Friday, July 11, 2008

What Are All Those Squiggly Lines For?

In my introductory post here I'd made mention of the fact that I wanted a scooter in part to avoid having to get a motorcycle license. Perhaps it's a bad attitude for a teacher to have, but it had been a long time since I had to worry about making the grade for anything and I was fearing the tests involved, both the knowledge test and the road test. Thus it was that I bought the Fly50.

Before I could upgrade to the BV250 a few months later I had to get the dreaded motorcycle permit. I picked up a copy of the Pennsylvania Motorcycle Operator Manual and gave it a few cursory glances before I headed down to the testing center the following Saturday. My plan was to nail the test and then head to Team Effort Cycle to buy the BV. Much to my horror, I failed the knowledge test and because of the schedule at the testing center I wouldn't be able to retake it until the following Tuesday. Shamefaced I made my way back home and started studying the manual in earnest.

I hit that manual with a highlighter as if it were a 500 page Psych 101 book in a bad back-in-college dream.

With the permit in hand on Tuesday, after passing the test with flying colors on the second try, I got the BV and was on my merry way. I was disappointed, though, to learn that without the full license I wouldn't be able to ride after dark nor carry a passenger. Dark comes early here in Northeast Pennsylvania in October, and my riding time after work would be very limited as winter approached and each day got a little bit shorter. Besides, I couldn't take the bike to work because I typically dropped my daughter off at school on my way to my own school and couldn't let her ride with me. I needed the license!

In Pennsylvania there are two ways to get the coveted "M" added to one's driver's license. One way is to take a road test like a 16 year old kid with a crotchety old examiner. The other is to spend some serious hours in taking a rider safety course. The experienced rider's course caught my eye - six hours on a single day and you get your license upon the successful completion of the exercises. Of course there's always a "but," however, and since it was late October there would be no more courses offered until the spring. I needed to take the road test! Failure, however, was a mighty big crow to eat and digest when I flunked that knowledge test and I wasn't crazy about the thought of having to risk it again.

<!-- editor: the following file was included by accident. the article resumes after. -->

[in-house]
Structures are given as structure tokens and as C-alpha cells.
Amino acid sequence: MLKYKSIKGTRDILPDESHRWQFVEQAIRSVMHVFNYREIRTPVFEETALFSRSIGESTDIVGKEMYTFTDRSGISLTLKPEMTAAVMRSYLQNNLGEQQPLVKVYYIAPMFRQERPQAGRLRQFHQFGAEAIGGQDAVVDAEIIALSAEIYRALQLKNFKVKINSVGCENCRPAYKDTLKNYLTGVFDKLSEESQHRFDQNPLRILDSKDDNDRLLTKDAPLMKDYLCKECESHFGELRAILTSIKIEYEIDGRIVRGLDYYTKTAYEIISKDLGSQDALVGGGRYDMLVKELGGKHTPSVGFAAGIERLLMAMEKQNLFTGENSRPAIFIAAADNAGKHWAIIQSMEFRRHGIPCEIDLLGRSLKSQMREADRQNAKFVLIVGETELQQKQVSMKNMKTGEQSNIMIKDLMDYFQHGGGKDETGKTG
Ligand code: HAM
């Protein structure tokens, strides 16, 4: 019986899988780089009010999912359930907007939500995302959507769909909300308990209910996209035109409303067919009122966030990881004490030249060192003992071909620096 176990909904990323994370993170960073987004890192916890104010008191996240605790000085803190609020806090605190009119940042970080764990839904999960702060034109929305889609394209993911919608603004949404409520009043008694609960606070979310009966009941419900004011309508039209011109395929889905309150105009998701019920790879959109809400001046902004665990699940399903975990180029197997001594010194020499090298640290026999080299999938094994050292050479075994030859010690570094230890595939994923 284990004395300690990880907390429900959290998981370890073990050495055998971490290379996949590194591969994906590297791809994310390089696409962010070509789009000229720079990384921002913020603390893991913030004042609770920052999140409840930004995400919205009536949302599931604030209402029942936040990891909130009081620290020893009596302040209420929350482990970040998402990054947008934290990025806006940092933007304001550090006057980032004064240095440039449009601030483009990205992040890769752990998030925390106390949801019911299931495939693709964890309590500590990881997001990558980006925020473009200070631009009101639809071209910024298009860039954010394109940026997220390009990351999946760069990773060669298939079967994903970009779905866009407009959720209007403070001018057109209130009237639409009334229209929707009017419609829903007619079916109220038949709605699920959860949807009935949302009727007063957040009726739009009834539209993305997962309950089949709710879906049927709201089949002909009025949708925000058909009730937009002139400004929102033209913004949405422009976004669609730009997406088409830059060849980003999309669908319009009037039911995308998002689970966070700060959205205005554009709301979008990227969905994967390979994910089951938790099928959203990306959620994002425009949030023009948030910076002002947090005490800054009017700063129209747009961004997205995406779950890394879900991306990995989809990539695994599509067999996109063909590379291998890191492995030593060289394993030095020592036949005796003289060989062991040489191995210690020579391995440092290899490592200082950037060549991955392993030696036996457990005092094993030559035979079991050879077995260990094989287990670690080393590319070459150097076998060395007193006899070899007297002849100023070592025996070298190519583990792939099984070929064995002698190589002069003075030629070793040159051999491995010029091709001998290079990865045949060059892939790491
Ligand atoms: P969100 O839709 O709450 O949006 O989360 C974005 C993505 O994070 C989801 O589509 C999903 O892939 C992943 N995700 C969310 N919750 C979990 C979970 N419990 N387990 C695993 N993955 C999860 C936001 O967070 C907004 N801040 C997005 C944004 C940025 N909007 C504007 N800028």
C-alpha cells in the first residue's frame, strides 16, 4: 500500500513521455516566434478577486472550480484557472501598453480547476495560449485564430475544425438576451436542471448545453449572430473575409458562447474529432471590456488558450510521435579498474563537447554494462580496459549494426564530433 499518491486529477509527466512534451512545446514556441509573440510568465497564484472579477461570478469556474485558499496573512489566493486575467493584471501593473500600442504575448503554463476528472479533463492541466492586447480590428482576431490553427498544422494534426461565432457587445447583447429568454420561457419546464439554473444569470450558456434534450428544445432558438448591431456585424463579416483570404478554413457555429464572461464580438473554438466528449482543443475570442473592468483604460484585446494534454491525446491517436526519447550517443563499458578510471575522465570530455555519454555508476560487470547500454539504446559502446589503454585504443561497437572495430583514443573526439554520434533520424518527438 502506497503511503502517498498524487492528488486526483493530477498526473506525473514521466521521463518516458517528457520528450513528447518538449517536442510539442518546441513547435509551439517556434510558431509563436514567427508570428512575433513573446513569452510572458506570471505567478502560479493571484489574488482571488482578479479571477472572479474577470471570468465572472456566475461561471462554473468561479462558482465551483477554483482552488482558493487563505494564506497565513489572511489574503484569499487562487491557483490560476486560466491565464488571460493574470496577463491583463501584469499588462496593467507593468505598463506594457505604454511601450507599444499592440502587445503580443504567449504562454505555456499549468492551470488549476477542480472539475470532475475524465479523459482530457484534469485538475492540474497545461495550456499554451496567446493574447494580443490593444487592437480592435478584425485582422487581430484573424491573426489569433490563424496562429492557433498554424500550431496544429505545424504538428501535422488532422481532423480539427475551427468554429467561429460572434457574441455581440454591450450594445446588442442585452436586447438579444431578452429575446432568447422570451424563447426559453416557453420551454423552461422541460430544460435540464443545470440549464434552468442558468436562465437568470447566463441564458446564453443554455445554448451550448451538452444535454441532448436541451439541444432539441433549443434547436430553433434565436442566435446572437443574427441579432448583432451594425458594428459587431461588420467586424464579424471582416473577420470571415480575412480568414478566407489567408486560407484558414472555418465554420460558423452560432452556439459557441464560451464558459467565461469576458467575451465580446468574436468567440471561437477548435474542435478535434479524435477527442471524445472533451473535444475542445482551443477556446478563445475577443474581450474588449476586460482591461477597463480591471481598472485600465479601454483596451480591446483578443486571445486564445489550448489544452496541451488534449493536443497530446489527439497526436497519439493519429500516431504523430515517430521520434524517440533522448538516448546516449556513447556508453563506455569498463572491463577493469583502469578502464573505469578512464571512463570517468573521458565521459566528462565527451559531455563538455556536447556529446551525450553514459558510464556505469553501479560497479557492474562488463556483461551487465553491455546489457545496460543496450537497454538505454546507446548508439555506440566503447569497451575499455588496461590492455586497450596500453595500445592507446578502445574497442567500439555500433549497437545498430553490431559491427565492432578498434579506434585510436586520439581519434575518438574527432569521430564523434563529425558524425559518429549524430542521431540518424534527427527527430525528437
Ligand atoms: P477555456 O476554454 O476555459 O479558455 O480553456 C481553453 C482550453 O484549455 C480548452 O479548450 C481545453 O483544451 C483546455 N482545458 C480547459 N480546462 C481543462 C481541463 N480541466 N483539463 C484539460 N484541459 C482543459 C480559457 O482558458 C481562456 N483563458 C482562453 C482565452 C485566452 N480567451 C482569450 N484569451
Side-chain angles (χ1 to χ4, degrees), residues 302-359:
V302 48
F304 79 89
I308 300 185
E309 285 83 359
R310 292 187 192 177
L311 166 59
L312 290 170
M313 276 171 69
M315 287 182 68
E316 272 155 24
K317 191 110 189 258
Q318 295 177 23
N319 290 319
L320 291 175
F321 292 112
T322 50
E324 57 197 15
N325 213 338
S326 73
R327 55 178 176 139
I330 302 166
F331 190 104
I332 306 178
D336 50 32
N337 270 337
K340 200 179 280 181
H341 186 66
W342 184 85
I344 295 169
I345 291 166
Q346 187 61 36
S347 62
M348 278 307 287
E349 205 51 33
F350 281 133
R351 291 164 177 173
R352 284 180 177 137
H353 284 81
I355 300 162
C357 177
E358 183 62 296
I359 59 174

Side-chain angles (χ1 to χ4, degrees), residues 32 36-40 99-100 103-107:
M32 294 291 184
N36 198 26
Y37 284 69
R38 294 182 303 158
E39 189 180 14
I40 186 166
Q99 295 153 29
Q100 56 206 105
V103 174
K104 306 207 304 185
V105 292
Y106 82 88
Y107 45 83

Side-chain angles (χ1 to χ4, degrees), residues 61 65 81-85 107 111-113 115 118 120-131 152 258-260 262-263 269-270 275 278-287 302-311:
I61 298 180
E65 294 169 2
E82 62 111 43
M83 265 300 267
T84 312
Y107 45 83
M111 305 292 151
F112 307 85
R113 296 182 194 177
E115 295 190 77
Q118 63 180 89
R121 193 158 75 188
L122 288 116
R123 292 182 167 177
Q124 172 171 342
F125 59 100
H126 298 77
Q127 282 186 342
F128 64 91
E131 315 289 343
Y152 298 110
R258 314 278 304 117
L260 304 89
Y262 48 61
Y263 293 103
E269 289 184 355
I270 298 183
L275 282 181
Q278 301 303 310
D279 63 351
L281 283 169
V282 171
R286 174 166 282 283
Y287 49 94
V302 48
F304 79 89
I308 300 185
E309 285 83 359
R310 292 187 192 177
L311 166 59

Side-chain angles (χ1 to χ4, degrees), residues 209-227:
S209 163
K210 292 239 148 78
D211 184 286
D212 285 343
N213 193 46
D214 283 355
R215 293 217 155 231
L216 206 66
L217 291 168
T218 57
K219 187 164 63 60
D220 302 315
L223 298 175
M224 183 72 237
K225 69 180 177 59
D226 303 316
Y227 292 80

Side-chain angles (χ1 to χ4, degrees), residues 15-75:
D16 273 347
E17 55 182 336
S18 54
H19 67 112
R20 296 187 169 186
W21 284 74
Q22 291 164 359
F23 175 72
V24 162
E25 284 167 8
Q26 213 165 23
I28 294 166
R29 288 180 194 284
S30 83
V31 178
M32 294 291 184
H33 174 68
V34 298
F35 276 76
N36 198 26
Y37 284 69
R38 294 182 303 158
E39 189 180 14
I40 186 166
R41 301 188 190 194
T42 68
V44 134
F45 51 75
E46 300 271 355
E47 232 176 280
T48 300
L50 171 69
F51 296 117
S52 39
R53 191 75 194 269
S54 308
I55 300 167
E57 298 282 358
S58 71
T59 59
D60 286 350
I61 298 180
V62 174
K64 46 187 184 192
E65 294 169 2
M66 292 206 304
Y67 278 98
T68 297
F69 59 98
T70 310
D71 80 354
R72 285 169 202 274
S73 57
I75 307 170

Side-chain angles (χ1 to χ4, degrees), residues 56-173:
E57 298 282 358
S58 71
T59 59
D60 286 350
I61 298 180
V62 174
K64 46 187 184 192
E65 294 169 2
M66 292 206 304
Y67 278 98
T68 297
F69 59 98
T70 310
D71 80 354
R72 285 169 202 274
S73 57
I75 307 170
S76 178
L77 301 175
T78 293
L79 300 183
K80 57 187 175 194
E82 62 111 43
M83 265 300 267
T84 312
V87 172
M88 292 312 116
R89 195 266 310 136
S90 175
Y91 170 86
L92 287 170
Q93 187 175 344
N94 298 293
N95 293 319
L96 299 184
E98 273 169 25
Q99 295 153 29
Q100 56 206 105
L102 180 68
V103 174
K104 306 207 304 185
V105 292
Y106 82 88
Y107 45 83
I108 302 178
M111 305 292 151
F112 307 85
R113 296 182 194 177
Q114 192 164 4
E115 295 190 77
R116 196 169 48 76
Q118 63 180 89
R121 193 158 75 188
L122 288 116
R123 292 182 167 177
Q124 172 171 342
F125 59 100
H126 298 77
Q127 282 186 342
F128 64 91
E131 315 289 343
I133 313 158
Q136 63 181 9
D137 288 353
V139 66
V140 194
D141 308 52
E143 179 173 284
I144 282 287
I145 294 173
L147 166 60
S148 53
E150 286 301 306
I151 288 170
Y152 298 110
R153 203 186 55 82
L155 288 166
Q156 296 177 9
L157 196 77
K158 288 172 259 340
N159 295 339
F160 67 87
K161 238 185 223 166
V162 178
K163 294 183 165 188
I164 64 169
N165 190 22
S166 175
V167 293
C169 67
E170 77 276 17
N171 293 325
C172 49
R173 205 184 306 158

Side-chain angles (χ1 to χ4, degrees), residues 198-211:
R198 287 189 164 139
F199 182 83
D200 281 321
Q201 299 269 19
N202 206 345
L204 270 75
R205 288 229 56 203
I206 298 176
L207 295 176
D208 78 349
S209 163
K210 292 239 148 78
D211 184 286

I rode every now and then to the testing area a few miles out of town and stared at the lines in the parking lot which I knew were part of the motorcycle test, and it didn't help that they were mixed in with the CDL testing grids and markers. I'd hoped to find somebody running through the test so I'd know would be expected if I were to take the road test, but there was never anybody there taking the test and I wasn't going to take a number inside only to wait an hour to talk to a civil servant who might have been no help at all. The few bikers I'd approached and asked about the road test all said that they'd taken the safety course and recommended it, but that fifteen minute test compared to wasting the better part of a Sunday sounded awfully inviting even if I had to take my chances at failing.

There were way too many squiggly lines in that DMV parking lot, with nobody around to explain them.

Try as I might, I couldn't get the scoop on that nefarious test in the least and by the time I grudgingly started thinking about taking the safety course winter had come and nearly gone. Pennsylvania offers the Motorcycle Safety Program free of charge, and now I'm among that group of riders who recommends it highly. I took the experienced rider's course in early May and learned a number of skills that I use every time I'm out. I'm very grateful to Marty and his crew of instructors at the Dunmore location of the MSP. And I got my "M" endorsement without having to figure out all those strange lines in the DMV parking lot!

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